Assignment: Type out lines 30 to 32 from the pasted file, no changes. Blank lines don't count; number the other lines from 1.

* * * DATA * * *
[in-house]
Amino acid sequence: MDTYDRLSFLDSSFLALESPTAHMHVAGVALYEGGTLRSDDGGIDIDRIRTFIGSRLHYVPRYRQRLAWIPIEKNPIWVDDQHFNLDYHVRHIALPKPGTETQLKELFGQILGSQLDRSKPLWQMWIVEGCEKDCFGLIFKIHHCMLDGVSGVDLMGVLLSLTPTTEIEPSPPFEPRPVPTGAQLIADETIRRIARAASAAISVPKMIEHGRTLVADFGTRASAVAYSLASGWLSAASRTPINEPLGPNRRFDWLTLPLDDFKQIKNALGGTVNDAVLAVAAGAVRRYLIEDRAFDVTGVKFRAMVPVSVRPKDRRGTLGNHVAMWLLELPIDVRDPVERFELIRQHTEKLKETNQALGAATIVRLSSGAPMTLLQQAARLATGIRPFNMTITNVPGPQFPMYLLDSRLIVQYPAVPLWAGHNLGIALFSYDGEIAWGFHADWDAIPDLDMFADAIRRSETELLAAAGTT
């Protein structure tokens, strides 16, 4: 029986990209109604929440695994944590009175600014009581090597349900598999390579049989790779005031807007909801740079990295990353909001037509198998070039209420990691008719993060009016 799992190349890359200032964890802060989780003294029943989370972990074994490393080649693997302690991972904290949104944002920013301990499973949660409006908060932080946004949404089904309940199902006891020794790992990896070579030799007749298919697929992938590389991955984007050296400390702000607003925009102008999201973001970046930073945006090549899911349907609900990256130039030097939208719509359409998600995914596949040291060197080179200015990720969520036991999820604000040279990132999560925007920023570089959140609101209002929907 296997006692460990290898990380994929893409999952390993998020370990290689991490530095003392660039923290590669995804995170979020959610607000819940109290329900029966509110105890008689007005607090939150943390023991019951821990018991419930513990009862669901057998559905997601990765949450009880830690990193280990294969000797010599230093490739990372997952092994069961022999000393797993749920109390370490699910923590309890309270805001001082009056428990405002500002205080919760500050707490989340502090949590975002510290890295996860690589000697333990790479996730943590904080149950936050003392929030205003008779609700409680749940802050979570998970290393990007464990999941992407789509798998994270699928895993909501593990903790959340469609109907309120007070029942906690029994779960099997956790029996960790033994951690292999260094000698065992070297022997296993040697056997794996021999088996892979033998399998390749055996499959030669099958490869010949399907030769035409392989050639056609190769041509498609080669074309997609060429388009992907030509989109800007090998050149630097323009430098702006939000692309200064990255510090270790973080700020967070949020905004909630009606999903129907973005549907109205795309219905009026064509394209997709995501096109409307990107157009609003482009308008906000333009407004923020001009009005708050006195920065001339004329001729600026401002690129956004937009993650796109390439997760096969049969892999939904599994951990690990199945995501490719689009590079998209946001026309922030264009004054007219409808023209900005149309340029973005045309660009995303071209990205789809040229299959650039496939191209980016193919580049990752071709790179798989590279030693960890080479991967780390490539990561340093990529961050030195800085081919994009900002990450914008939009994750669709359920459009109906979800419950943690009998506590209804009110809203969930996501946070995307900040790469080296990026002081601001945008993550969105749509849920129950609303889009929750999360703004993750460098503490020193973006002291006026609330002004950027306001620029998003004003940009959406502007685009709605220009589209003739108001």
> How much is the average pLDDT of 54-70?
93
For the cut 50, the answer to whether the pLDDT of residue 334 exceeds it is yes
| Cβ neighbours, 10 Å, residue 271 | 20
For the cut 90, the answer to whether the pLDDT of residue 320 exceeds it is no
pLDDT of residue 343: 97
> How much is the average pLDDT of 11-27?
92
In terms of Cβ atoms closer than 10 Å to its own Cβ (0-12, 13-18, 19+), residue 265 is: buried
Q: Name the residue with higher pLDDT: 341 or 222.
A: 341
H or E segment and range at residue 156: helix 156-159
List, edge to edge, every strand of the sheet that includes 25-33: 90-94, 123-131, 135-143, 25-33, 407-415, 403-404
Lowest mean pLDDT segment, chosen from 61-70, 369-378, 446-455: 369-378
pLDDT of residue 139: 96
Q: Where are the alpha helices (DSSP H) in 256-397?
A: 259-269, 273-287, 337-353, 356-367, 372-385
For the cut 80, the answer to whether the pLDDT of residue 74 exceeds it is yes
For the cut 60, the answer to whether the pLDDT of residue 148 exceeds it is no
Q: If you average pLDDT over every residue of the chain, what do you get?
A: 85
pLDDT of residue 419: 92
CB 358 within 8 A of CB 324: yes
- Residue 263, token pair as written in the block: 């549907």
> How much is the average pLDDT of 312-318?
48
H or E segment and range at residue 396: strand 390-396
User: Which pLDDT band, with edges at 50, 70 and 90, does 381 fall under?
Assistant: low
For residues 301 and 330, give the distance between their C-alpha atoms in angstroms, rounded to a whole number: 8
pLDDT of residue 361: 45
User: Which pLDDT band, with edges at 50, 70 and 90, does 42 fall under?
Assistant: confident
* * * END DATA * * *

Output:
H or E segment and range at residue 396: strand 390-396
User: Which pLDDT band, with edges at 50, 70 and 90, does 381 fall under?
Assistant: low